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UK housing market: Economy perking up?

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The UK housing market is showing signs of stabilisation, reflecting rising demand amid lower interest rates. Meanwhile rental inflation might be starting to soften as the gap between rental demand and supply narrows. A less pronounced-than-feared mortgage squeeze and easing rent inflation could help boost household income this year.

Perking up?

Another month, another set of indicators pointing to a stabilisation in the UK housing market. On pricing, while our preferred Nationwide index was flat in December, the Halifax measure posted another month of solid growth. ‘Soft’ house price indicators also point to stabilisation, or even the resumption of growth, in house prices: the main RICS house price index rose sharply again in December, from -41 to -30, Rightmove asking prices rose in January, and the RICS survey for expected house prices in 12 months’ time has returned to positive territory (just) for the first time since August 2022.

This stabilisation in prices appears to reflect rising demand, albeit from a low base. Mortgage approvals rose back above 50k in November, and have returned to growth on a year-on-year basis, while the RICS index for buyer enquiries is recovering fast.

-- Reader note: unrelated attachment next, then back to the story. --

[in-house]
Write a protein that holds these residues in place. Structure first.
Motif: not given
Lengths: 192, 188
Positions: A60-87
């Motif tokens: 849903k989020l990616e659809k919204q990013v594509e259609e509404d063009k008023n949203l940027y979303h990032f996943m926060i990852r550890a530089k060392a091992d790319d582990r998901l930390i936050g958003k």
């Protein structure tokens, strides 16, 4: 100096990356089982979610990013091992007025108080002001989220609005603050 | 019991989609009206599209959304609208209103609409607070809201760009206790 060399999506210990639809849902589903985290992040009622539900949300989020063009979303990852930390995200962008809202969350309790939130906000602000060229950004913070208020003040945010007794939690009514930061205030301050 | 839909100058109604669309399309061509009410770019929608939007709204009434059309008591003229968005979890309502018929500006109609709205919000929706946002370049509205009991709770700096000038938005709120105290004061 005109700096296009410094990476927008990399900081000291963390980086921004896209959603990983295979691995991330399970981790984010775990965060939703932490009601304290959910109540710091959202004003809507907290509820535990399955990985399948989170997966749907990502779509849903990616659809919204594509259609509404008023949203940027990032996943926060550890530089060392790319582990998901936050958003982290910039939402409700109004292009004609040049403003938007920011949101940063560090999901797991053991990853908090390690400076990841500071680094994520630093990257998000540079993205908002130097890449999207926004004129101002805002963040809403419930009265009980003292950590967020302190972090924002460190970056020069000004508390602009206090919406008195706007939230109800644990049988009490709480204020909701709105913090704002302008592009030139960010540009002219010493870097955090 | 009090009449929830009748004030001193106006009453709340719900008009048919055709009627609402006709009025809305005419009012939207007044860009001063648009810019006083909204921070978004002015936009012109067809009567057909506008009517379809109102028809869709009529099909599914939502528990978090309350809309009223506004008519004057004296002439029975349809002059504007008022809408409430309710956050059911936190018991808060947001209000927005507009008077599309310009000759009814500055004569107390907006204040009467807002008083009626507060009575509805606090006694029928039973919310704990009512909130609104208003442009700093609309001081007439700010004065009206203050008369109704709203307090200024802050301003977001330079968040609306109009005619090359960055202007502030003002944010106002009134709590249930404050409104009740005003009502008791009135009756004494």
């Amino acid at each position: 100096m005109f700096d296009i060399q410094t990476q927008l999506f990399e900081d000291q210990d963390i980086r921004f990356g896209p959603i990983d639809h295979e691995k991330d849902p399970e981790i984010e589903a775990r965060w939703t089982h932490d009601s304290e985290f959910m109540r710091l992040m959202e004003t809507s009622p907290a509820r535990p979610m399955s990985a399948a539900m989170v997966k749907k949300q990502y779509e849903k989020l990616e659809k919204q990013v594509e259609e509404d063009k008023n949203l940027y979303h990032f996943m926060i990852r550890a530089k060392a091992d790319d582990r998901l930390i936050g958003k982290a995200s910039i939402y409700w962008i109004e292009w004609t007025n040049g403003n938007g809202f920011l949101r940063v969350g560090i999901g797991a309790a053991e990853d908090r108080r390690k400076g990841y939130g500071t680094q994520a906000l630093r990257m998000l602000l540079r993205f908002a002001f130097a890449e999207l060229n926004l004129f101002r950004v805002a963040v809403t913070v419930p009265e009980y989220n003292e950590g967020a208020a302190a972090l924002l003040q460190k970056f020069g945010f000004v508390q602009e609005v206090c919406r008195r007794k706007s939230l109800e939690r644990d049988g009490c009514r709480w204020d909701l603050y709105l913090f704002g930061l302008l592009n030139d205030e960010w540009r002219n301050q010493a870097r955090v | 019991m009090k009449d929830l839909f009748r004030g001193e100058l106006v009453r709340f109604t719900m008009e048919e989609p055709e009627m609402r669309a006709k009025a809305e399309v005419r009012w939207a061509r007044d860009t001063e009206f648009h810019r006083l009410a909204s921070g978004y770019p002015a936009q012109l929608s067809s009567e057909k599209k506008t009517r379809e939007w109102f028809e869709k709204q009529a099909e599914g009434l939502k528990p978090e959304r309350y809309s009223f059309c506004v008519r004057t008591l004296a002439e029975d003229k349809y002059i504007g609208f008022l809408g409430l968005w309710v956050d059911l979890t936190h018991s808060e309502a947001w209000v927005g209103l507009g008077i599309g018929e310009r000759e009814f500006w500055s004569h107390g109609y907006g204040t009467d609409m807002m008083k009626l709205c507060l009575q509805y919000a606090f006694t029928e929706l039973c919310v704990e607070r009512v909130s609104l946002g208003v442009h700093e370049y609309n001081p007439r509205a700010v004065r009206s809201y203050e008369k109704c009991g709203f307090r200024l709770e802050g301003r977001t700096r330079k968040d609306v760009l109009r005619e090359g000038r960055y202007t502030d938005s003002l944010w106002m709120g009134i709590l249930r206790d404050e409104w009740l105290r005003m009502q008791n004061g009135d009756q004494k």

This time has been different

If the house price stabilisation sticks (our central case is for flat house prices this year), that would reflect a remarkably mild correction compared to previous downturns. That is certainly the case in terms of nominal house prices but, despite high recent inflation it is also the case in terms of real house prices. Unlike after the Global Financial crisis or the early 1990s, we have not seen a credit crunch and the labour market has remained robust. And while higher mortgage rates (on mortgages which are much bigger than in the 1990s) have been a significant headwind, we could be past the worst on that front.

Mortgage rates are falling (for now)

Indeed, mortgage rates have been falling. Having risen to around 6% last summer, rates on typical 5-year mortgages are still falling and are now quoted below 4% (This is Money, 17 January). Not only does this reduce the hit to households as they re-fix their mortgages, it might also be starting to underpin the recent recovery in demand.

That said, we do think that market expectations for policy rates, which underpin mortgage pricing, have been somewhat too dovish for some time. Those expectations appear to have moved past peak-dovishness so far this year, and swap rates have edged up. So we might see the local trough in mortgage rates coming soon.

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